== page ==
M3 Challenge Advice and Tips From Practice Problem Q&A

M3 Challenge Advice and Tips From Practice Problem Q&A

Great advice for M3 Challenge teams from judges and problem writers.

February 22, 2021

Practice problem #1 for M3 Challenge 2021 focused on businesses that have been affected by COVID-19. “Pandemic Winners and Losers” garnered great questions and conversation via live text chat on February 10. Dr. Neil Nicholson, problem author and professor of math and actuarial science at North Central College, gave great advice for Challengers. We have highlighted some of it here. You can see the whole conversation on the Practice Problems page

General Advice 

Dr. Nicholson: As our time here is winding down, I just want to pass along some thoughts about the math modeling journey. 

  1. It is indeed a journey. You can only get better at math modeling by doing math modeling. Don't be discouraged if the problems are hard at the beginning. Keep going! 
  2. Hopefully this practice problem reiterates the importance of all the "parts" of modeling. Don't just breeze over those initial steps. Set a firm foundation and you're setting yourself up for success! 
  3. HAVE FUN. You're doing this competition because you enjoy it. Don't stress, don't worry, don't get worked up. Do your best and enjoy the time you get to spend working on the problem. When it's done, be proud of the work you've done.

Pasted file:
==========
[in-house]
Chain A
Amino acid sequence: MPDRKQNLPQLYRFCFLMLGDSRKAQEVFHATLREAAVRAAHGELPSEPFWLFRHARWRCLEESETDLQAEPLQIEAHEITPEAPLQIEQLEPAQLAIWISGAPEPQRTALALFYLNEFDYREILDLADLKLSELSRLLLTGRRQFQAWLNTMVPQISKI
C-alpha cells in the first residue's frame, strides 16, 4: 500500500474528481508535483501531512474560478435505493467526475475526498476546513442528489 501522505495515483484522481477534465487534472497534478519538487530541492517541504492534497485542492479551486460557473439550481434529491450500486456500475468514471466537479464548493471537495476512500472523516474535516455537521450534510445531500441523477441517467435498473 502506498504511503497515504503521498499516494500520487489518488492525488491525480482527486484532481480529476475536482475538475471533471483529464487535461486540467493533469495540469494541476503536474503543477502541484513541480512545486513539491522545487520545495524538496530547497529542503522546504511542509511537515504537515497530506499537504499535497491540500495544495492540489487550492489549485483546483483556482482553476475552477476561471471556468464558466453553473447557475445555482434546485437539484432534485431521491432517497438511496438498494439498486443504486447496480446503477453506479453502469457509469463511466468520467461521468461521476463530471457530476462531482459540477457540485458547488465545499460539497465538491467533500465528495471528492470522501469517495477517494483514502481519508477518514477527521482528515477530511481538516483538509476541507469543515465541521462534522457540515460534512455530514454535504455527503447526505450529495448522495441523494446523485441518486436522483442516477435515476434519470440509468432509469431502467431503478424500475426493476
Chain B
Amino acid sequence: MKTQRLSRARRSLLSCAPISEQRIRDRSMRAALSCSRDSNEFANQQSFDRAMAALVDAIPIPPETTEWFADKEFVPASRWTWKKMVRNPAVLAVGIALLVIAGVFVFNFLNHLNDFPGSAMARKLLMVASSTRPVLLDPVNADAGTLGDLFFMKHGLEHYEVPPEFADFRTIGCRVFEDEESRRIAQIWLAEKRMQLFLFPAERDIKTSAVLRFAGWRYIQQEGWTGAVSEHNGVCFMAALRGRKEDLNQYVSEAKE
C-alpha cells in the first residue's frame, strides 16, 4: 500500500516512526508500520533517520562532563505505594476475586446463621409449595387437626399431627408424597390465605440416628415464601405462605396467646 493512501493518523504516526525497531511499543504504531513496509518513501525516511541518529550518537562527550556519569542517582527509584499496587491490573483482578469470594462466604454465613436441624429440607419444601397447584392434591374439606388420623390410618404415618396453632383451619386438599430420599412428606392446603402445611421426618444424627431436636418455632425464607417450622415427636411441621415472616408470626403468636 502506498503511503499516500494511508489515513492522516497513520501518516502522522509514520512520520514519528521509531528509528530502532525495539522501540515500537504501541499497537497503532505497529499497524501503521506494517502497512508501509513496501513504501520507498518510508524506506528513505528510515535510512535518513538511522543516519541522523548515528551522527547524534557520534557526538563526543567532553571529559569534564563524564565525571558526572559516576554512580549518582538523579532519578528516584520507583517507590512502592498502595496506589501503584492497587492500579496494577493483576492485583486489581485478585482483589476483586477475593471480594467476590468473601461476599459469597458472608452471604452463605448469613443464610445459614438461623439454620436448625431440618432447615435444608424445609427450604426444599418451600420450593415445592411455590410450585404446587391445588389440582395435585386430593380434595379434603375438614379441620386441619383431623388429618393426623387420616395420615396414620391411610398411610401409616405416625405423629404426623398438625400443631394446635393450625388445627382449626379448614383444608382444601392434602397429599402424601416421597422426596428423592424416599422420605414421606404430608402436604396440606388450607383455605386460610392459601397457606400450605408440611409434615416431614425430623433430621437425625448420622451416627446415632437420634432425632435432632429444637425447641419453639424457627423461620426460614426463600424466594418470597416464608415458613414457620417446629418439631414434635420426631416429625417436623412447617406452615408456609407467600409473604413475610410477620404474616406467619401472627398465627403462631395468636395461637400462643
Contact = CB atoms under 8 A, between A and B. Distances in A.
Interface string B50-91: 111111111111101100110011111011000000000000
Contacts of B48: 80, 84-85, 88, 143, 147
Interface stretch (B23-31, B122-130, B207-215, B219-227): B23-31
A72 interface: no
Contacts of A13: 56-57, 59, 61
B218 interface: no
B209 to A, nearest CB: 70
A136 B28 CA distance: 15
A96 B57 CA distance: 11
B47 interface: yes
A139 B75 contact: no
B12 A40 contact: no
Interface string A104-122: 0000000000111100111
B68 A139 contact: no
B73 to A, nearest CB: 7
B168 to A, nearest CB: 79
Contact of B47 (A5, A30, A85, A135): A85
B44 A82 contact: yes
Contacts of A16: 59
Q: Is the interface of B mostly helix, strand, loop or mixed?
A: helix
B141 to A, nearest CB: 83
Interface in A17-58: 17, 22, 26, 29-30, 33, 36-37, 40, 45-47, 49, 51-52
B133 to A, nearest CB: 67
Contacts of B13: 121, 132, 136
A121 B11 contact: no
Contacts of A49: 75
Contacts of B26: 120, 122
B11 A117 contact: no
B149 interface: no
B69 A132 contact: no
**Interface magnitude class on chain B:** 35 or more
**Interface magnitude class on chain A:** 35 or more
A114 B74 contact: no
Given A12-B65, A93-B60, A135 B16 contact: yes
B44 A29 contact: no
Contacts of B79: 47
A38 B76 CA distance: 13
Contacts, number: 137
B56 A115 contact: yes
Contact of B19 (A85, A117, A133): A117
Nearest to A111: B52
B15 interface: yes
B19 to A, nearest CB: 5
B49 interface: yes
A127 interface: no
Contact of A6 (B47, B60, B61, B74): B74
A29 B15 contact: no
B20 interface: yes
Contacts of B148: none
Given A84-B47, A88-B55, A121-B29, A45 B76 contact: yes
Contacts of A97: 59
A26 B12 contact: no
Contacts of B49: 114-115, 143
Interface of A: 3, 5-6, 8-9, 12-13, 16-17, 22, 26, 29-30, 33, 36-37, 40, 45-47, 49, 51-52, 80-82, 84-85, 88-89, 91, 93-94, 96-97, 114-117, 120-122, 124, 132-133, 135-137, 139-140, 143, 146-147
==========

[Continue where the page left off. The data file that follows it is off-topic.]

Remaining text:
Q & A

Student: I have no idea where to start or what I am doing. 

Dr. Nicholson: Being new to modeling simply means you'll get better every time you work another problem. Don't be discouraged! The first time I tried one of these I had no clue where to begin. Years later and many problems practiced, I start to see themes, know what questions to ask, and am able to jump to potential mathematical approaches much more quickly. 

Another tip I have (and this is a MAJOR perk of participating in M3): "I have no idea...I am new..." reads as if this is a solo effort. Keep in mind that M3 is a team competition. Working with your peers will spark points of view you may not come up with on your own. Discussion breeds creativity (or as my 4 year-old says, "Teamwork makes the dream work.") 

Student: "Where did this problem come from? What inspired it?"  

Dr. Nicholson: The inspiration for this one is fairly obvious: life has changed so much over the past year. A natural thing to ask is, "How? Why? And what's next?" 

I wrote this the way I did (asking you to think more about the initial "parts" of math modeling than is typically asked in the practice questions) because, as an M3 judge for many years, I've seen how teams that set a strong foundation early on in their solutions tend to be more successful when it comes to doing the actual math modeling. It's so much easier to attack a specific, clearly worded question than something open-ended with multiple interpretations. Setting proper assumptions helps in building the models, often by introducing parameters or inspiring certain variables to include. 

Student: How do you redefine the problem? And how important is HIGH LEVEL math? 

Dr. Nicholson: I was just talking about the different math approaches to a specific question in my Senior Seminar course (college-level senior math majors) yesterday. We looked at 4 solutions to one of the M3 questions from a few years ago, each a Top Finalist team. What we saw was that the math used was so different from team-to-team. There was a Markov process/linear algebra approach, a differential equation approach, a probability approach, and one that involved little more than algebra.